What changed? Mostly synchronization, but it's actually useless if you don't use a Microsoft account, therefore, not really an issue. On the system side, telemetry, Cortana (useless again for the local user), and peer-to-peer Windows updates, which I find weird, but hey. Not much really given this was a full 23H2 upgrade.

Changes after WU 1

Changes after WU 2

In the second screenshot, ignore the very last line ... we will talk about it in a sec.

Anti-malware tools

Now, here's something rather interesting. A lot of anti-malware tools do not like tweaking utilities of most kinds. They are sometimes labeled as generic malware and/or potentially unwanted programs (PUP). This may be of interest to you if you run such a tool on your system, as quite a large number of Windows user do. Now, I think there are better solutions to security than anti-malware scanners, but hey, lemons and all that. Anyway, for the sake of completeness, I decided to run MalwareBytes Anti-Malware (MBAM) FREE locally, to see if it likes/dislikes system changes implemented by ShutUp++.

As it happens, MBAM did detect "something" and complain - two registry keys changed by ShutUp10++.

MBAM results

The affected key(s) under:


And it comes down to DontReportInfectionInformation. If you manually toggle this value from 0 to 1, MBAM report will come clean. Similarly, you can undo the same setting in ShutUp10++ yourself, with the same effect.

MRT, registry change

No biggie, but imagine a normie running this tool, forgetting what they've done, and a week later or a month later, they get a detection, and start tripping. Technically speaking, the change is truly unnecessary. First, if you don't get MRT through Windows Update (as was already marked), nothing runs, so there's nothing to report. You can also manually remove MRT from offered updates using the Windows show/hide update utility, which I've covered in my Windows best admin tools article. And then, if you actually let the tool run, why not let it report the results so the tool can become more effective for the entire pool of Windows users.

Now, the setting is amber - limited value, and can break things. In this regard, if you follow the tool's recommendations, you'd never hit this problem, but it is a fantastic example of how things can go wrong with tweaking tools, especially if you just overzealously toggle everything on, without thinking. Going back to the system changes after the updates, I re-enabled everything, but not the MRT reporting.

MRT setting


Next on my plate was AppBuster. This program lets you remove applications. It can handle classic programs as well as "modern" apps. You can toggle different filters to see what gives. Much like ShutUp10++, it lets you expand each listed item to learn more, you can select multiple entries, and then some.

Select, remove apps

In comparison to ShutUp10++, the usage is far more straightforward. Select, remove. There weren't that many apps in the list, but then, I had already pruned and removed most of them using winget and Powershell.

Like the aforementioned programs, you can remove for your own account - or everyone, which is the preferred option, if you don't want the apps to come back. The entire process was pretty straightforward. Very similar to what I've manually done on the command line.

Remove type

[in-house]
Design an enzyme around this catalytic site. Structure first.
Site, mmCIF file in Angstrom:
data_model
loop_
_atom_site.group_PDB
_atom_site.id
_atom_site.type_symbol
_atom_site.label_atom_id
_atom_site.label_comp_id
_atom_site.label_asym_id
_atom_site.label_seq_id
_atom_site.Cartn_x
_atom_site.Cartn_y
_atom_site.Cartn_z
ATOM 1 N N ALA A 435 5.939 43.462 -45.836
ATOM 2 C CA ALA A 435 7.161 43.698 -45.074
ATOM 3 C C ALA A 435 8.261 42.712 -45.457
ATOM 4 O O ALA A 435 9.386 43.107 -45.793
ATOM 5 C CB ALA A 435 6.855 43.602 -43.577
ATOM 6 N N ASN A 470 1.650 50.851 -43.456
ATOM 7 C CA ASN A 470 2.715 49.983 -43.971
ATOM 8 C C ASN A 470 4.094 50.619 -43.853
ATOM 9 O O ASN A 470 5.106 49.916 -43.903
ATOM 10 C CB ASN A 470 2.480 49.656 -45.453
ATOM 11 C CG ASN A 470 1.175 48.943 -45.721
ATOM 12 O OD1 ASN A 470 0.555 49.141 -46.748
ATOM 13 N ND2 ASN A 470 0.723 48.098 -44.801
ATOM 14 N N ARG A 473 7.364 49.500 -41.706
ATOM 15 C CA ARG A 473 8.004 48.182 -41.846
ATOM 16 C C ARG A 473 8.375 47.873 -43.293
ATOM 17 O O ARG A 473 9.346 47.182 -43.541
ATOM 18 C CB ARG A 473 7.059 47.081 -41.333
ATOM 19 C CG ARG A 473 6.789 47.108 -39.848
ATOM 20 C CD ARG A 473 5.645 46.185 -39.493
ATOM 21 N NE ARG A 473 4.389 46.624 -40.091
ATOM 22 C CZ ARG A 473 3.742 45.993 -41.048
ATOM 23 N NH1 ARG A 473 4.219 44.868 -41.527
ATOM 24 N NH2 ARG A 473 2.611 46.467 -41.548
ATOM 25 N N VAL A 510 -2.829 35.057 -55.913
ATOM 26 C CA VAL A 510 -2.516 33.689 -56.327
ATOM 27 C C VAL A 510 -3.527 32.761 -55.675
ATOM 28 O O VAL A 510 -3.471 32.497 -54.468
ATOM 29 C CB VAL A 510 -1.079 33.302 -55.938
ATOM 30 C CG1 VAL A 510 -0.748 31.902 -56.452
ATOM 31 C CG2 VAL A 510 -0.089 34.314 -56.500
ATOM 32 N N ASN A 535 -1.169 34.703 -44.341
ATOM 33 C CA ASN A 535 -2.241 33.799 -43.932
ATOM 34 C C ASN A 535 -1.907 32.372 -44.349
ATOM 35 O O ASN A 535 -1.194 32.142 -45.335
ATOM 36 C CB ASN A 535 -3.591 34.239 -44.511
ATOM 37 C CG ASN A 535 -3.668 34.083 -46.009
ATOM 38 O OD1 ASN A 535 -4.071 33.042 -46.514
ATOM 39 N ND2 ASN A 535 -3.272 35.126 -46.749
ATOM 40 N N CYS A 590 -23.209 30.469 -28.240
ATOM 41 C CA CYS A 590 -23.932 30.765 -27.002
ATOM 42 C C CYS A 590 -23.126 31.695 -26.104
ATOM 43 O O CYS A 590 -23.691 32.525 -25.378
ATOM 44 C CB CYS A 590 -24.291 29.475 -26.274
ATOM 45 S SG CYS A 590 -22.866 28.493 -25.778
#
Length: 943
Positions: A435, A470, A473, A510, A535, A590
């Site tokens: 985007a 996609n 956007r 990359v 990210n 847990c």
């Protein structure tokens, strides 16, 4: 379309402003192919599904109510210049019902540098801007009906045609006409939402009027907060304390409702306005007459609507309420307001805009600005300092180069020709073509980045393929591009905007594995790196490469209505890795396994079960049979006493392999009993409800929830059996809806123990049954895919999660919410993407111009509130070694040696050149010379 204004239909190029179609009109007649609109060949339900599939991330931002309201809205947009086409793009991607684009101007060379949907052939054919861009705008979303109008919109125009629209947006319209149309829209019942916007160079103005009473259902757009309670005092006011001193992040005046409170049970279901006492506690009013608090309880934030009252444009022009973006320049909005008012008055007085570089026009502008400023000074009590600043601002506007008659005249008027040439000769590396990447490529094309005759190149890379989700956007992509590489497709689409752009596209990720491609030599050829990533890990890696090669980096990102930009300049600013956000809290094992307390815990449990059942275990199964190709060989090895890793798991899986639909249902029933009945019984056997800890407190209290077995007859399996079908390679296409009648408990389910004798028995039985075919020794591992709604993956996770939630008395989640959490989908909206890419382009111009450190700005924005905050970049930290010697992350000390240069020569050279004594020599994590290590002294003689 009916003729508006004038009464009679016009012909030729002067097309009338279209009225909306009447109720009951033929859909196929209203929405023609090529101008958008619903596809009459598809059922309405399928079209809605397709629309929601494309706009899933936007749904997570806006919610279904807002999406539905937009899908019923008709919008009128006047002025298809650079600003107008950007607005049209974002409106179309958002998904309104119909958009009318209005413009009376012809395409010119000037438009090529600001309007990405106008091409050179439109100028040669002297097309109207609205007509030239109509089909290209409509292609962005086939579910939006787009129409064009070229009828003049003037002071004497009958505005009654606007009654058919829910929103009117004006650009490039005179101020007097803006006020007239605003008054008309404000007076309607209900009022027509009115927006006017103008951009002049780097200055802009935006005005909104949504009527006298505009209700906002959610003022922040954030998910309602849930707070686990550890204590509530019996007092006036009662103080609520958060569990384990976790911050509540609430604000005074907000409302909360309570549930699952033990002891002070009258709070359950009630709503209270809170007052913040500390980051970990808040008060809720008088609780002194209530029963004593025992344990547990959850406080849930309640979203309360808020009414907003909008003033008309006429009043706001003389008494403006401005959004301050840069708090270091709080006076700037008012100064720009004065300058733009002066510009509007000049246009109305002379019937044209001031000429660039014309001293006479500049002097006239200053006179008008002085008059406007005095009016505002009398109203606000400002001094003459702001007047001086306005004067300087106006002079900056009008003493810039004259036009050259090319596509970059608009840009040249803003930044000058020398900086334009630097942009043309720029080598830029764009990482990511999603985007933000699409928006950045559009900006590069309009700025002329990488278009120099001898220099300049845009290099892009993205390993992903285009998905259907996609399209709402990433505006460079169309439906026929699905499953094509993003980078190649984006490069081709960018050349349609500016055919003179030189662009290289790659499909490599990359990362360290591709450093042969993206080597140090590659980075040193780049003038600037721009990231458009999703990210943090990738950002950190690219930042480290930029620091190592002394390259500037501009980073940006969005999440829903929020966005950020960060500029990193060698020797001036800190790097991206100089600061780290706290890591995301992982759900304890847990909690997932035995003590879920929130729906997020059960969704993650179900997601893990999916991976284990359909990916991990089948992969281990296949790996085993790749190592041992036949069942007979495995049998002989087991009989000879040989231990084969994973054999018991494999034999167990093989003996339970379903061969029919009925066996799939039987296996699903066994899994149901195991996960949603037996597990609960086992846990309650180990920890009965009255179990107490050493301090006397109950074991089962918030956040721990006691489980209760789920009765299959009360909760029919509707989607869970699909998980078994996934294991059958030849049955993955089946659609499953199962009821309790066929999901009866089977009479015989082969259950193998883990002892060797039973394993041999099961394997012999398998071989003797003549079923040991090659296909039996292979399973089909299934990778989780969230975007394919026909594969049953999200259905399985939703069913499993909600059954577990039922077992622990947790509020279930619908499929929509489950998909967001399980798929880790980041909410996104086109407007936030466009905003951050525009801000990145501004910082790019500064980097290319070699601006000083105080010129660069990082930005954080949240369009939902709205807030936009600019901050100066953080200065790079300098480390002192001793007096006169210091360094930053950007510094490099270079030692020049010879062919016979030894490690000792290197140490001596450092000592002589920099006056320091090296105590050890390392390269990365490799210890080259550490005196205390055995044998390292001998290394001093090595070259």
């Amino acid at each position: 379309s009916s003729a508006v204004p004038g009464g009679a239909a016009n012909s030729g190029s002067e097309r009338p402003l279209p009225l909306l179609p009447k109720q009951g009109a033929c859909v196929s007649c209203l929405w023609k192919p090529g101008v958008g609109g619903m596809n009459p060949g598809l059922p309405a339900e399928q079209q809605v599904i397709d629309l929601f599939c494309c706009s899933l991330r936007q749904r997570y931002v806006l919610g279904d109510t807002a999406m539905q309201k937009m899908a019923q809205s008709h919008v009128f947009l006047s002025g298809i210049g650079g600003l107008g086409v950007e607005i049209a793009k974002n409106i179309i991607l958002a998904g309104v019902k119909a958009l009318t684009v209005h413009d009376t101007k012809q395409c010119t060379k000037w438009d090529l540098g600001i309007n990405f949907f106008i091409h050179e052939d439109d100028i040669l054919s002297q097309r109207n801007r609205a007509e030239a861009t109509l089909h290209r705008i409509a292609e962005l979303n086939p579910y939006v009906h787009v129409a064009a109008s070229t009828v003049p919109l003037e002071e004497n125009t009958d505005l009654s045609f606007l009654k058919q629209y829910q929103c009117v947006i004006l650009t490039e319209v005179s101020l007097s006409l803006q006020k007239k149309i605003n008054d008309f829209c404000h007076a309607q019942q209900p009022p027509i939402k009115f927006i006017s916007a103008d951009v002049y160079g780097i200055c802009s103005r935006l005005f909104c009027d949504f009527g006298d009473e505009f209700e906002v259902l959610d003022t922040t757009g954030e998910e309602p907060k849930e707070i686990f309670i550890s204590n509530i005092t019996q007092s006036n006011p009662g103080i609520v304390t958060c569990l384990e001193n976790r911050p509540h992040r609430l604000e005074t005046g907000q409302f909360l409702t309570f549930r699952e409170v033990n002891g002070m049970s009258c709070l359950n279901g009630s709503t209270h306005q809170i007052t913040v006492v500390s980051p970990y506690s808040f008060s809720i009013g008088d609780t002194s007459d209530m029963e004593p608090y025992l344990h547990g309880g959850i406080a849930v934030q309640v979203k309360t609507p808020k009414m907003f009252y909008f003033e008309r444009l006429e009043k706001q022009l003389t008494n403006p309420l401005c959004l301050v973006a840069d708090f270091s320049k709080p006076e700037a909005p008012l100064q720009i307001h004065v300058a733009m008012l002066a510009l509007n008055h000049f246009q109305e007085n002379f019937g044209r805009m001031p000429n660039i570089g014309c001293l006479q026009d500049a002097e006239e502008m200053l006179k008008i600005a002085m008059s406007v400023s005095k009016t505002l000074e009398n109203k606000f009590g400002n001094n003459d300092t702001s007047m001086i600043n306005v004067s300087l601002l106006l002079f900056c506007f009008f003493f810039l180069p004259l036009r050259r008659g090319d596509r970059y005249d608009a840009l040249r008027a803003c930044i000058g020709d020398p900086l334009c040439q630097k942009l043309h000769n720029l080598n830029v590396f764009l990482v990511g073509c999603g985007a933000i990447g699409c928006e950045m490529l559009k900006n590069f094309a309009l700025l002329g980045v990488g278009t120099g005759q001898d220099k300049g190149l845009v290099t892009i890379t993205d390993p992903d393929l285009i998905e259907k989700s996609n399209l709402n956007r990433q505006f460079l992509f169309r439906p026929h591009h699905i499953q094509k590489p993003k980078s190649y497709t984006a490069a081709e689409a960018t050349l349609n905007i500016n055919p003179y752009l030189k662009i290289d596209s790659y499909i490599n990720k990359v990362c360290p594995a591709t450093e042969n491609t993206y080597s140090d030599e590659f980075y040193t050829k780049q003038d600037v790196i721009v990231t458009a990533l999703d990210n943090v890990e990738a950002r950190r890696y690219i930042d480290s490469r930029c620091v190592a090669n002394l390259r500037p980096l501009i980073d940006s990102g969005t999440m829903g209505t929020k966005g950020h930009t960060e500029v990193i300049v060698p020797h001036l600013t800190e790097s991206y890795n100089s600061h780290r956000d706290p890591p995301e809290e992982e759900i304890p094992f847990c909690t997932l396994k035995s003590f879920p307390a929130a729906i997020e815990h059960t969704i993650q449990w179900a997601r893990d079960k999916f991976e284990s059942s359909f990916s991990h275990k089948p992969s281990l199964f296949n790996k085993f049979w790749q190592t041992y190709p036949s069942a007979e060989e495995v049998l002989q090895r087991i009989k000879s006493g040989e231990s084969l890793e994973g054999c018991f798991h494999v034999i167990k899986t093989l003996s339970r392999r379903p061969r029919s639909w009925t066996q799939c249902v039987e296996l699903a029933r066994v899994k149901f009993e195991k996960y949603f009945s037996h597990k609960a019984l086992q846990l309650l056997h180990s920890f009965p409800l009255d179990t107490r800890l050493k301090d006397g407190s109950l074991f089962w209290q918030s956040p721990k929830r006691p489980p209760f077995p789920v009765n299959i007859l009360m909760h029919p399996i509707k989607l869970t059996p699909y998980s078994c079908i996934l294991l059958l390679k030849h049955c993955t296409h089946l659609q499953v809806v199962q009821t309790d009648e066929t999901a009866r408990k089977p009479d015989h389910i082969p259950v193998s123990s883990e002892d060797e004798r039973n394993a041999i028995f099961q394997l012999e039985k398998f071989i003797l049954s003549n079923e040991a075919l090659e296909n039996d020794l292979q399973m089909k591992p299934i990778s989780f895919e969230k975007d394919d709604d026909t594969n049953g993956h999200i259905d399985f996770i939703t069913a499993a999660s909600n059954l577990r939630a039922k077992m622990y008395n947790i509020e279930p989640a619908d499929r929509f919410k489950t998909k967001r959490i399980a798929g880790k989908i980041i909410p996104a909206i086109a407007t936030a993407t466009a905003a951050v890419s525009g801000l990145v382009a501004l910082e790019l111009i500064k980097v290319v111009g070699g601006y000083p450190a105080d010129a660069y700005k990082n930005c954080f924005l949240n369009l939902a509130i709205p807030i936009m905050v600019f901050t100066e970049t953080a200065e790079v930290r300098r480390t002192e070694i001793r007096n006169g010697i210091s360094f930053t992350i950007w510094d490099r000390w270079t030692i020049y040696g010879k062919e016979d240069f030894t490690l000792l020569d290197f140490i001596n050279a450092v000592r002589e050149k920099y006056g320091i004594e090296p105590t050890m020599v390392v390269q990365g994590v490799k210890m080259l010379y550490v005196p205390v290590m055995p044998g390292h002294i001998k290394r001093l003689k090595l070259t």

Removing apps

After Windows update, potential issues

AppBuster did its job pretty well. However, it's no magic wizard. There were certain Windows apps that it could not remove, like the WebView runtime and the Edge updater stub. The errors you get are identical to the ones you get on the command line, and you will need to go into registry yourself if you want to enable the removal of some of these components. But in essence, once you get rid of the generic stuff, there's no extra privacy benefit in getting rid of the one or two leftovers. It's merely an OCD annoyance.

With the removal done on the computer level, Windows Update did not restore any of the apps. So my system was now clear and pristine. However, I must bemoan a visual inconsistency in AppBuster, where certain apps were listed with a slight right indent - it all depends on their type and, I guess, icon. Classic programs were listed with a tiny shift. Perhaps this helps distinguish them, but it also rubs my chakras wrongly.

List indent


O&O's ShutUp10++ and AppBuster seem like a nice pair of useful administration utilities. They did their job fairly well, the GUI is simple to use (in both cases), you get practical information, plenty of warnings, you can export settings, and such. In particular, ShutUp10++ gives you a lot of flexibility, and can save you time tweaking your Windows machine. But it's no silver bullet, especially not when it comes to the end user's own ignorance.

You should use this program only if you fully understand what it does. Otherwise, you may actually complicate things. It saves time, but you will regret your quick savings later. For experienced users, it's practical, the green settings are green, the amber and the red, you need to be careful. All in all, I think it's most effective as a complement to doing things the slow, steady way.

AppBuster is also neat, but its overall value isn't as high. Yes, it can help you remove apps, including a stubborn one or two, but it cannot remove apps that have been marked as uninstallable, and if you're already comfy with either winget or Powershell scripting, you essentially get the same thing. The privacy implications are also less. The modern apps, if not used, aren't a bother, they're more of an intellectual sore.

And so, here we are. You now have more stuff to consider for your Windows taming adventures. The best thing is, try to stay on Windows 10, if you can, avoid Windows 11, and perhaps consider a migration to Linux. Now, I'm aware this is a super difficult objective for most people, but hey. If not, there are tons of tools designed to help you neuter the pointless features in Windows. ShutUp10++ and AppBuster seem to fit the bill. And we're done, my nerdy fellas.